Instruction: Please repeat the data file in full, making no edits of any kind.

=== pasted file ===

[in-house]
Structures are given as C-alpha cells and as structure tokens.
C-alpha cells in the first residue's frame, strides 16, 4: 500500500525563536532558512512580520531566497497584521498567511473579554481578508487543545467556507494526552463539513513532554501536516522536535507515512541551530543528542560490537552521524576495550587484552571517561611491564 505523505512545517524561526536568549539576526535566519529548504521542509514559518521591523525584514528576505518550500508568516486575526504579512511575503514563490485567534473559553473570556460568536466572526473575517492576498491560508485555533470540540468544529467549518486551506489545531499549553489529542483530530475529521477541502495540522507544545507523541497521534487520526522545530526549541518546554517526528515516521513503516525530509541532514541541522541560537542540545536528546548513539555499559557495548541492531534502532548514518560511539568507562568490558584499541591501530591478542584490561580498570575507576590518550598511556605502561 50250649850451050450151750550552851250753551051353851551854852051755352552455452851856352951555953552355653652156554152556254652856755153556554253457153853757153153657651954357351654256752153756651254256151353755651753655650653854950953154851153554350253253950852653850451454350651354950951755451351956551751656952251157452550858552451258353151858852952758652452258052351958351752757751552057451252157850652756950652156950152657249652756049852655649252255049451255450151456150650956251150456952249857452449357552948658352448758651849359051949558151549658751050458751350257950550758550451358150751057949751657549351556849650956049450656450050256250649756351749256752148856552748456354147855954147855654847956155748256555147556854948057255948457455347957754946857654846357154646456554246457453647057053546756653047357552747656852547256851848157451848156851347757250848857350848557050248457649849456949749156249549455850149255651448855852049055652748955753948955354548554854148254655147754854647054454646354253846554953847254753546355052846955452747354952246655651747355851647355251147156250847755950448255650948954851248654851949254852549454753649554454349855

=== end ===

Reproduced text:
[in-house]
Structures are given as C-alpha cells and as structure tokens.
C-alpha cells in the first residue's frame, strides 16, 4: 500500500525563536532558512512580520531566497497584521498567511473579554481578508487543545467556507494526552463539513513532554501536516522536535507515512541551530543528542560490537552521524576495550587484552571517561611491564 505523505512545517524561526536568549539576526535566519529548504521542509514559518521591523525584514528576505518550500508568516486575526504579512511575503514563490485567534473559553473570556460568536466572526473575517492576498491560508485555533470540540468544529467549518486551506489545531499549553489529542483530530475529521477541502495540522507544545507523541497521534487520526522545530526549541518546554517526528515516521513503516525530509541532514541541522541560537542540545536528546548513539555499559557495548541492531534502532548514518560511539568507562568490558584499541591501530591478542584490561580498570575507576590518550598511556605502561 50250649850451050450151750550552851250753551051353851551854852051755352552455452851856352951555953552355653652156554152556254652856755153556554253457153853757153153657651954357351654256752153756651254256151353755651753655650653854950953154851153554350253253950852653850451454350651354950951755451351956551751656952251157452550858552451258353151858852952758652452258052351958351752757751552057451252157850652756950652156950152657249652756049852655649252255049451255450151456150650956251150456952249857452449357552948658352448758651849359051949558151549658751050458751350257950550758550451358150751057949751657549351556849650956049450656450050256250649756351749256752148856552748456354147855954147855654847956155748256555147556854948057255948457455347957754946857654846357154646456554246457453647057053546756653047357552747656852547256851848157451848156851347757250848857350848557050248457649849456949749156249549455850149255651448855852049055652748955753948955354548554854148254655147754854647054454646354253846554953847254753546355052846955452747354952246655651747355851647355251147156250847755950448255650948954851248654851949254852549454753649554454349855